Sync from GMail to another IMAP server

This is an example of a setup where “TheOtherImap” requires all folders to be under INBOX:

[Repository Gmailserver-foo]
#This is the remote repository
type = Gmail
remotepass = XXX
remoteuser = XXX
# The below will put all GMAIL folders as sub-folders of the 'local' INBOX,
# assuming that your path separator on 'local' is a dot.
nametrans = lambda x: 'INBOX.' + x

[Repository TheOtherImap]
#This is the 'local' repository
type = IMAP
remotehost = XXX
remotepass = XXX
remoteuser = XXX
#Do not use nametrans here.

Sync from Gmail to a local Maildir with labels

This is an example of a setup where GMail gets synced with a local Maildir. It also keeps track of GMail labels, that get embedded into the messages under the header configured in the labelsheader setting, and syncs them back and forth the same way as flags. This is particularly useful with an email client that indexes your email and recognizes the labels header, so that you can sync a single “All Mail” folder, and navigate your email via searches.

The header used to store the labels depends on the email client you plan to use. Some choices that may be recognized by email clients are X-Keywords (the default) or X-Labels. Note that if you need to change the label header after the labels have already been synced, you will have to change the header manually on all messages, otherwise offlineimap will not pick up the labels under the old header.

The first time OfflineIMAP runs with synclabels enabled on a large repository it may take some time as the labels are read / embedded on every message. Afterwards local label changes are detected using modification times, which is much faster:

[Account Gmail-mine]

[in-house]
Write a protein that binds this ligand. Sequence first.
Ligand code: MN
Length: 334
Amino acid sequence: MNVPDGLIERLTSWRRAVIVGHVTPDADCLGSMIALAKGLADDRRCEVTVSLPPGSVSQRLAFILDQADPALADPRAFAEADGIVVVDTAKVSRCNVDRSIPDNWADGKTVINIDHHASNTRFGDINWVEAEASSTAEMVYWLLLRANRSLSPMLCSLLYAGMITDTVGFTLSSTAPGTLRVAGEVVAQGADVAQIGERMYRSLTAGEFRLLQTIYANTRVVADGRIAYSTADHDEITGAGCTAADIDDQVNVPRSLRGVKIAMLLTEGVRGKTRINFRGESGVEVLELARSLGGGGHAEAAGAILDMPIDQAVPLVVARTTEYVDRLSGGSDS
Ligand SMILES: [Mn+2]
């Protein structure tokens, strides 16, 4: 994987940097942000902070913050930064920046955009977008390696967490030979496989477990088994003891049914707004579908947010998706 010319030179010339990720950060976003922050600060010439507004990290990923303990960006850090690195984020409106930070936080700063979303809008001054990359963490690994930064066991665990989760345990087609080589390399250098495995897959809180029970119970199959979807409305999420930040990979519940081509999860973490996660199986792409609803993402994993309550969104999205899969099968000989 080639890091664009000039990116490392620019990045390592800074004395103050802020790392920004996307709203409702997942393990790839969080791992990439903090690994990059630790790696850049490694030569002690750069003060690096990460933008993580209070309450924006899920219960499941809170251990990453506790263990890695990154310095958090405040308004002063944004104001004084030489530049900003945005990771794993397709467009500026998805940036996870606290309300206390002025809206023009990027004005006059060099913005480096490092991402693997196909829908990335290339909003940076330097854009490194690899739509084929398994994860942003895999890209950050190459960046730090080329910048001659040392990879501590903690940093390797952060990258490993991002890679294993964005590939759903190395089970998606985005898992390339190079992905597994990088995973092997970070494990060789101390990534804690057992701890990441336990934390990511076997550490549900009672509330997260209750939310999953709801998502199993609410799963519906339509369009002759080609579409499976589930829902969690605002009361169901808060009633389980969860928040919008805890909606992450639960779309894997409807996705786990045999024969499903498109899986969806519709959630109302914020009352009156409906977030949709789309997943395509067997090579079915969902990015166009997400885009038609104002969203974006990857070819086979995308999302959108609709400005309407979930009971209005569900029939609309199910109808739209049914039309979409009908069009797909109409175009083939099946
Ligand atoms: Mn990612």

localrepository = Gmaillocal-mine
remoterepository = Gmailserver-mine
synclabels = yes
# This header is where labels go.  Usually you will be fine
# with default value (X-Keywords), but in case you want it
# different, here we go:
labelsheader = X-Keywords

[Repository Gmailserver-mine]
#This is the remote repository
type = Gmail
remotepass = XXX
remoteuser = XXX

[Repository Gmaillocal-mine]
#This is the 'local' repository
type = GmailMaildir

There are some labels, that gmail treats in a special way. All internal gmail labels start with “\”. Those labels include:

  • \Drafts
  • \Important
  • \Inbox
  • \Sent
  • \Junk
  • \Flagged
  • \Trash

You can add and remove those labels locally, and when synced, will have special actions on the gmail side. For instance, adding the label \Trash to an email will move it to the trash, and be permanantly deleted after some time. This is relevant, since gmail’s IMAP prevents from removing messages from the “All Mail” folder the usual way.

Selecting only a few folders to sync

Add this to the remote gmail repository section to only sync mails which are in a certain folder:

folderfilter = lambda folder: folder.startswith('MyLabel')

To only get the All Mail folder from a Gmail account, you would e.g. do:

folderfilter = lambda folder: folder.startswith('[Gmail]/All Mail')